in the face.

Israel ran through the town to the church, where he locked the doors and
called Jim Buckingham, who told him to call the troopers. A state
trooper drove out from Glennallen. Israel told him about the fight
with his father.

Then he told him everything else he knew.
Even that didn't end it. Israel's knowledge of his father's misdeeds
was vague. Prosecutors weren't sure what to make of the growing stack
of complaints about Robert Hale.

But at the Buckingham home in Palmer, the time had come for Elishaba.
She watched how Jim Buckingham, a retired Army officer, stepped in to
protect Israel. She thought of her own little brothers and sisters
still back at the homestead, and something clicked.

Elishaba went to the Buckinghams and told them about the wanigan.
"I was sick to my stomach," Jim Buckingham said. "This was way over
the line of where I thought it was. At that point, the dam broke.
Buckingham was on the phone right away to the state troopers.

Investigators began taking long statements from the older children.
Richard Payne, a Palmer assistant district attorney, made sure Hale was
not at the homesite, then flew in a trooper helicopter over the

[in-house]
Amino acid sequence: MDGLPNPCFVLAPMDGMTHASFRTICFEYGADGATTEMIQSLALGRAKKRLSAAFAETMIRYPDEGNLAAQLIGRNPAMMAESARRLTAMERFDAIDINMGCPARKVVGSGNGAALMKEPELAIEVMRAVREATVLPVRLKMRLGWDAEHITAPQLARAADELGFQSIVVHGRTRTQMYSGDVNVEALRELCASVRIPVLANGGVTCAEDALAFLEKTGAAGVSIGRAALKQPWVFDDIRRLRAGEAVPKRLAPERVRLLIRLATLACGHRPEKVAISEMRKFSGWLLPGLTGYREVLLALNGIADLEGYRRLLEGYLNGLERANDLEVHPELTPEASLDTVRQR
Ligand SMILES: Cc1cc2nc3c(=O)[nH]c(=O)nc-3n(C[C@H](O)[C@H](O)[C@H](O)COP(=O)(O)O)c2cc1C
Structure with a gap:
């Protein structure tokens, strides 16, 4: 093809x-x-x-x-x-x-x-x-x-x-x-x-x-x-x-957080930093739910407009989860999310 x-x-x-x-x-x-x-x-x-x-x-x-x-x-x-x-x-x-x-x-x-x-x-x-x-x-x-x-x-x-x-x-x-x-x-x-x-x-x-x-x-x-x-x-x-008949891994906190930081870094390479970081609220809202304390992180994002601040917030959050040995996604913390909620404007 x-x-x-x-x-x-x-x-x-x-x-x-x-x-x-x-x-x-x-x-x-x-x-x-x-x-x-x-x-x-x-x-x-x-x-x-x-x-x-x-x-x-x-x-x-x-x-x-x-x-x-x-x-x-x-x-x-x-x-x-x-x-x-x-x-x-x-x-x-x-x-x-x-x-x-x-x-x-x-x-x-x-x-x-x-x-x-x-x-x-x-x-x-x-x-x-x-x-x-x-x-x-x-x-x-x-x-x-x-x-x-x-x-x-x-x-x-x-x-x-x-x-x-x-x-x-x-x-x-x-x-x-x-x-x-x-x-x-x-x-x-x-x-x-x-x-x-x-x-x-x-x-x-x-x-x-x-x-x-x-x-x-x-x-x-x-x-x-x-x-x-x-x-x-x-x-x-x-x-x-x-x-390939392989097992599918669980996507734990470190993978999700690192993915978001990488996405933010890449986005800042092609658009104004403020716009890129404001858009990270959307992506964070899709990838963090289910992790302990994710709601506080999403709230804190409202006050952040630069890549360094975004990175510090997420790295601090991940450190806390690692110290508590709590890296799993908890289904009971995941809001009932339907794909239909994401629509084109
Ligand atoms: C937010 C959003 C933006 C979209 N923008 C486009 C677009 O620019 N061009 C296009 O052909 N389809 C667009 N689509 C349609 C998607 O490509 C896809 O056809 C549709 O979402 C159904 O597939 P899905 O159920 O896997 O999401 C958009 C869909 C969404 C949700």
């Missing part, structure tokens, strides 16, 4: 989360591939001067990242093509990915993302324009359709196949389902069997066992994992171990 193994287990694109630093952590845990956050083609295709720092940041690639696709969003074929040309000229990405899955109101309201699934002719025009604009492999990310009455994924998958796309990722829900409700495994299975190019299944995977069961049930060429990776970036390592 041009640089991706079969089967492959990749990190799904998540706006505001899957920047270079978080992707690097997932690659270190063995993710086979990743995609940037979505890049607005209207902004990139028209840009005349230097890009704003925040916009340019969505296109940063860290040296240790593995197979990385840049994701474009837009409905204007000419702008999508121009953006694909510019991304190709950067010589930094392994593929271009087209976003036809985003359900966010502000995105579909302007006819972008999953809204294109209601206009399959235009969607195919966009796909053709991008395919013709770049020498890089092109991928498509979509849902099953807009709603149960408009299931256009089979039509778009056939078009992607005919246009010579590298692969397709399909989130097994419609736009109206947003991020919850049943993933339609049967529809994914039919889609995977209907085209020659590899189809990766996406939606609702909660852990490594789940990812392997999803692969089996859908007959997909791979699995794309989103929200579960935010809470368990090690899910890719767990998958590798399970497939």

mountains to Hillbilly Heaven.

While the children played in the helicopter, Payne sat in the cabin and
Mama Rose told him everything. The prosecutor said he felt the hair
stand up on the back of his neck.

OUT OF THE WILD

Two years later, the dreams still come to Elishaba, the ones where she
tries to run and can't get away.
They came again last week, as she prepared to speak the truth in court
about the things her father had done. She cried out and awoke, tears
streaming.

This time the arms that reached out to her were the comforting arms of
her husband.
Elishaba and Matthew Speckels were married in May. He sat with her in
court when she spoke. She calls him her protector. She said he has
gently rebuilt the trust in her heart, and she is the happiest she's
ever been.

Her two oldest brothers have married Buckingham daughters, and they have
babies. Everyone lives on Lazy Mountain within a few miles of the
Buckinghams, whose hand-built log home is now bursting with two dozen
people. The youngest Hales, sleeping in bunks and dressed in
secondhand clothes, are learning to read and write and look a stranger